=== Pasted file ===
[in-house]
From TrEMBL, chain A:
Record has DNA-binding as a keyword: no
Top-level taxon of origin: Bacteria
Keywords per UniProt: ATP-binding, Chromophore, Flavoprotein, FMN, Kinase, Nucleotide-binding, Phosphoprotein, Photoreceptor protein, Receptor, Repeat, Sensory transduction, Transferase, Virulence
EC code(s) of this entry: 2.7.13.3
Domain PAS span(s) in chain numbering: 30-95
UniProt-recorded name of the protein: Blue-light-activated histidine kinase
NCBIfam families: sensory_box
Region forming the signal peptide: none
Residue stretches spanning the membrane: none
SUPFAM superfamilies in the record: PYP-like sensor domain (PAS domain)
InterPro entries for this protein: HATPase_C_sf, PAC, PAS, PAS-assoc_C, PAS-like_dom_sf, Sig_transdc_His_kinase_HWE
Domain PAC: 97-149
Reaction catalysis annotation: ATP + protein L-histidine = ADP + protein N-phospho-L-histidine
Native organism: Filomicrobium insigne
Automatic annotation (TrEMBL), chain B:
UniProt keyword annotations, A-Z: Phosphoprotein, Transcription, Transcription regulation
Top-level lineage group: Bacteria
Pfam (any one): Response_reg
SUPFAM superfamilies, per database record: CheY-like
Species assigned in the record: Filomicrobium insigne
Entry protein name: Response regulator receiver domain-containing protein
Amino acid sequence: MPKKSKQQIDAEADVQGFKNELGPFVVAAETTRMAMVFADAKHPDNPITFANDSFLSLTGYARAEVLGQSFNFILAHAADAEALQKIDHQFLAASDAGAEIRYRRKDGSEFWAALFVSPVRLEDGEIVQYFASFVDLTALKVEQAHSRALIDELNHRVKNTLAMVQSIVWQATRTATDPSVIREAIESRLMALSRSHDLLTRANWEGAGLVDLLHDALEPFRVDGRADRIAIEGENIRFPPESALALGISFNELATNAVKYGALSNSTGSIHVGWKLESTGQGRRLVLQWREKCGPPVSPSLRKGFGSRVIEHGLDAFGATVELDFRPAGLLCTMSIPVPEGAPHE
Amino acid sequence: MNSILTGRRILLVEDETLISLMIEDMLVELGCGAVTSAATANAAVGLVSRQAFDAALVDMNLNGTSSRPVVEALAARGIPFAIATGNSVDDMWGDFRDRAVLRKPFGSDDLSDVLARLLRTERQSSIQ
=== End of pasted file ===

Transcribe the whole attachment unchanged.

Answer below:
[in-house]
From TrEMBL, chain A:
Record has DNA-binding as a keyword: no
Top-level taxon of origin: Bacteria
Keywords per UniProt: ATP-binding, Chromophore, Flavoprotein, FMN, Kinase, Nucleotide-binding, Phosphoprotein, Photoreceptor protein, Receptor, Repeat, Sensory transduction, Transferase, Virulence
EC code(s) of this entry: 2.7.13.3
Domain PAS span(s) in chain numbering: 30-95
UniProt-recorded name of the protein: Blue-light-activated histidine kinase
NCBIfam families: sensory_box
Region forming the signal peptide: none
Residue stretches spanning the membrane: none
SUPFAM superfamilies in the record: PYP-like sensor domain (PAS domain)
InterPro entries for this protein: HATPase_C_sf, PAC, PAS, PAS-assoc_C, PAS-like_dom_sf, Sig_transdc_His_kinase_HWE
Domain PAC: 97-149
Reaction catalysis annotation: ATP + protein L-histidine = ADP + protein N-phospho-L-histidine
Native organism: Filomicrobium insigne
Automatic annotation (TrEMBL), chain B:
UniProt keyword annotations, A-Z: Phosphoprotein, Transcription, Transcription regulation
Top-level lineage group: Bacteria
Pfam (any one): Response_reg
SUPFAM superfamilies, per database record: CheY-like
Species assigned in the record: Filomicrobium insigne
Entry protein name: Response regulator receiver domain-containing protein
Amino acid sequence: MPKKSKQQIDAEADVQGFKNELGPFVVAAETTRMAMVFADAKHPDNPITFANDSFLSLTGYARAEVLGQSFNFILAHAADAEALQKIDHQFLAASDAGAEIRYRRKDGSEFWAALFVSPVRLEDGEIVQYFASFVDLTALKVEQAHSRALIDELNHRVKNTLAMVQSIVWQATRTATDPSVIREAIESRLMALSRSHDLLTRANWEGAGLVDLLHDALEPFRVDGRADRIAIEGENIRFPPESALALGISFNELATNAVKYGALSNSTGSIHVGWKLESTGQGRRLVLQWREKCGPPVSPSLRKGFGSRVIEHGLDAFGATVELDFRPAGLLCTMSIPVPEGAPHE
Amino acid sequence: MNSILTGRRILLVEDETLISLMIEDMLVELGCGAVTSAATANAAVGLVSRQAFDAALVDMNLNGTSSRPVVEALAARGIPFAIATGNSVDDMWGDFRDRAVLRKPFGSDDLSDVLARLLRTERQSSIQ